In a League By Themselves

Half a century ago, Whina Cooper channeled the energies of indigenous Maori women in New Zealand into a force for change. The year was 1951, Cooper was 56, and the challenge was overcoming the decades-old lack of adequate education, health care, and employment opportunities for Maori people. In response, Cooper and a handful of other wahine (women) raised their own funds and launched the Maori Women’s Welfare League, to promote the well-being of wahine and their families. Now, 50 years later, the league is recognized as one of the oldest and most powerful indigenous women’s rights groups in the world.

“Being indigenous adds a whole other layer to our struggle,” says Jacqui Te Kani, the league’s current president. “Maori wahine are, by far, more disadvantaged than women throughout Aotearoa [New Zealand].” At the time of the league’s founding, many Maori women were at or below the national poverty level and were rarely enrolled in schools, which refused to offer classes in their native language of Te Reo. They also suffered from unique poverty- and stress-related health issues that were neither understood nor addressed. And domestic violence abounded.

Where other groups had failed to make progress on these issues, the league succeeded by envisioning itself as Maori, first and foremost. “To become involved with non-Maori organizations is to be controlled,” says Te Kani. “We don’t want that. We want to control our own destiny with programs by Maori, for Maori.” The league’s first step was to survey urban districts and confirm that the vast majority of Maori who had migrated to cities after World War II lived in unsanitary, overcrowded dwellings. The league took this information to city councils, and the national department of Maori affairs razed the slums and replaced them with adequate public housing.

Another goal was to reclaim their native language. In the 1960s, the women’s league developed an after-school homework program and established Maori language schools. In the 1980s, it persuaded the government to include Te Reo in public school curricula and make it one of the country’s official languages.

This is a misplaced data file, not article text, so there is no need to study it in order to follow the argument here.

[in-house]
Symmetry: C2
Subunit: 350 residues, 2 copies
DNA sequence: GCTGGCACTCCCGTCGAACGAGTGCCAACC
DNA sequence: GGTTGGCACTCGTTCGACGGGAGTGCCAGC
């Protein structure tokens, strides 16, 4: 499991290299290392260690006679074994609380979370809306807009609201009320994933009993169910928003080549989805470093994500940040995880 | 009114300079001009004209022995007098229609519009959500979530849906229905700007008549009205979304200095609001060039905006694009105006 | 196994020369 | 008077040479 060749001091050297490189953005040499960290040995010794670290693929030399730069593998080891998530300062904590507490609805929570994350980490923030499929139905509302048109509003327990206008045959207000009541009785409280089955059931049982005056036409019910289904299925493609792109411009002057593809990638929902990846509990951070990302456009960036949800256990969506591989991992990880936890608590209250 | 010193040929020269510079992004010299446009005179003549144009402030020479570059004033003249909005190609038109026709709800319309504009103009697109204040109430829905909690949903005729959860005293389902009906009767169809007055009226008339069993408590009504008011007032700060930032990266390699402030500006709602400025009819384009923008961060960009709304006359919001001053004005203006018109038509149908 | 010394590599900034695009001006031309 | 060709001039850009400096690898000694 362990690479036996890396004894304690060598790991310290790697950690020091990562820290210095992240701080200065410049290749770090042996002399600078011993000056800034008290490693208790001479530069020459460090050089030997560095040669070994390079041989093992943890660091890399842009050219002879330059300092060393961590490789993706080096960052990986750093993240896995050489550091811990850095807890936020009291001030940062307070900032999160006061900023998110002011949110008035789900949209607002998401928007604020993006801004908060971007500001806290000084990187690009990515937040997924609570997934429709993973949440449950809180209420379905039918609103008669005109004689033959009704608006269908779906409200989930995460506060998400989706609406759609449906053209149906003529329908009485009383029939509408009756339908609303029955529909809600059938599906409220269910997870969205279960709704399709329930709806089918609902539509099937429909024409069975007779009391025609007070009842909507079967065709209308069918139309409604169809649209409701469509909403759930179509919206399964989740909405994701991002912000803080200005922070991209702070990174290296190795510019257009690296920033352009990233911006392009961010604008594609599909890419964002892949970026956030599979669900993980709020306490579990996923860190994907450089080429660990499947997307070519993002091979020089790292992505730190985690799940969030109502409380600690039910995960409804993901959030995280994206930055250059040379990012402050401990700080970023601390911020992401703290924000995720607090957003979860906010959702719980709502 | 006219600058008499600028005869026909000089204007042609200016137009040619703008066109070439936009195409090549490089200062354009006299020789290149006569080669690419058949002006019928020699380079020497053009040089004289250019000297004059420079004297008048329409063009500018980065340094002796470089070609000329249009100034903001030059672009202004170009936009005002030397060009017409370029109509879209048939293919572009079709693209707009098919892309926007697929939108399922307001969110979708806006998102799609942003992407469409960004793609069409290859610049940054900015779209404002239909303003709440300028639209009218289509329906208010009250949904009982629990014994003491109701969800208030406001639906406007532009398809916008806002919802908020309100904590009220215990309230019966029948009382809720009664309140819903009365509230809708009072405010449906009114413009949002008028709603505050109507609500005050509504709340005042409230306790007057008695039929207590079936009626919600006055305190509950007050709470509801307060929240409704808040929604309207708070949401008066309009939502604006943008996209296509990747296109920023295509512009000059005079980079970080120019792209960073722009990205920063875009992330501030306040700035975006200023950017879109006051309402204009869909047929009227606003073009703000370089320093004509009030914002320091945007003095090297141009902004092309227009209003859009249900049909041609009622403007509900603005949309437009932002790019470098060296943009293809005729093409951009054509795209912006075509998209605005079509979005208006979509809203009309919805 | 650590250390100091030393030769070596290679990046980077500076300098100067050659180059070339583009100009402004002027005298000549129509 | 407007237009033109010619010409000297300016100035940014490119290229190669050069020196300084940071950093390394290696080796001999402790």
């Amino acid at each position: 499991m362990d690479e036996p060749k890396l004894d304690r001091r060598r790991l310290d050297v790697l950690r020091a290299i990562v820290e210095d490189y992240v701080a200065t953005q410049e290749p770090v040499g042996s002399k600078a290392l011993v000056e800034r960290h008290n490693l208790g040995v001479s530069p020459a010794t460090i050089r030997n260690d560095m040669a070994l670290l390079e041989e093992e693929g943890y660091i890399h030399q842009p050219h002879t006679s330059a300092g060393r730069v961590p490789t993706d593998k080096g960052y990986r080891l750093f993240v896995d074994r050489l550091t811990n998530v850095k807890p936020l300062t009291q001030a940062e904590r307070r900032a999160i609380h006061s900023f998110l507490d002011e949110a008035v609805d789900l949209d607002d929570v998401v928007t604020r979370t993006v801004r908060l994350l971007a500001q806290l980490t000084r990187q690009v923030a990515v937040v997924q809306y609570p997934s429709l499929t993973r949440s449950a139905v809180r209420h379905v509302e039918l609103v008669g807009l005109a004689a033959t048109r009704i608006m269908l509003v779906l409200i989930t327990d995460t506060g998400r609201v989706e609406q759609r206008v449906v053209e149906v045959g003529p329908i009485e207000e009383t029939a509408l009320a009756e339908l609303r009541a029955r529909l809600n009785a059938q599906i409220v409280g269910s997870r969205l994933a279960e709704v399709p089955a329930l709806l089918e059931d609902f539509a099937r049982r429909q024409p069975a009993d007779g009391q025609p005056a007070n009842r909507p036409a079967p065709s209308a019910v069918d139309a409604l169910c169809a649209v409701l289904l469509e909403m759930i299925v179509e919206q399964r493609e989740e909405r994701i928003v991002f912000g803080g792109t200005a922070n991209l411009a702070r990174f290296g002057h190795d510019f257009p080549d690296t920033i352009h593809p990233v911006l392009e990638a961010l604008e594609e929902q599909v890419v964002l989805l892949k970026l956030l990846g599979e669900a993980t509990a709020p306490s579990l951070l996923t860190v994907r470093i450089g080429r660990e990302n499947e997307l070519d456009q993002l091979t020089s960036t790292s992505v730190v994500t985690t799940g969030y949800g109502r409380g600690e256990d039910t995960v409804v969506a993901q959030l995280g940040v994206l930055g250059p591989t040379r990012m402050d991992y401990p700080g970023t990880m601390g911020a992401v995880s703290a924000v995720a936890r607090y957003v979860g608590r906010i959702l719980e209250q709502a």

In 1985, the league began sending voluntary researchers to survey wahine about their health. It found extremely high smoking rates, and a prevalence of cervical cancer with a mortality rate four times the national average. Researchers also detected a high incidence of asthma-related problems, as well as mental, emotional, and physical ailments that arise from child and spousal abuse.

Among other projects, the women’s league founded the Maori Nurses Association, which makes house calls to wahine who are isolated from mainstream health care facilities. The needs of young Maori were also a priority. The group sponsored projects such as a netball competition for nonsmokers in an attempt to combat smoking and self-destructive behavior, particularly among teens. And because the youth suicide rate in Aotearoa is among the highest in the world, the league worked to lift the spirits of its people with a campaign centered around the slogan, BE PROUD, BE FIT, BE MAORI.

League members also addressed violence by enlisting mentors to work with at-risk Maori families. When there is evidence of abuse, mentors intervene and confront those responsible. And in an attempt to strengthen families and prevent violence, mentors urge families to spend less time in front of the TV and more time interacting with each other.
By the end of 1987, the league claimed yet another victory with the launch of the Maori Women’s Development Fund, which encourages wahine to become entrepreneurs and, in turn, employ their Maori sisters. An evaluation of the fund in 1997 found that it was successfully providing mentoring, loans, job training, and employment. The group is generating more of its own revenue and seeking a more active role for its people in New Zealand’s commercial and political mainstream by placing Maori wor



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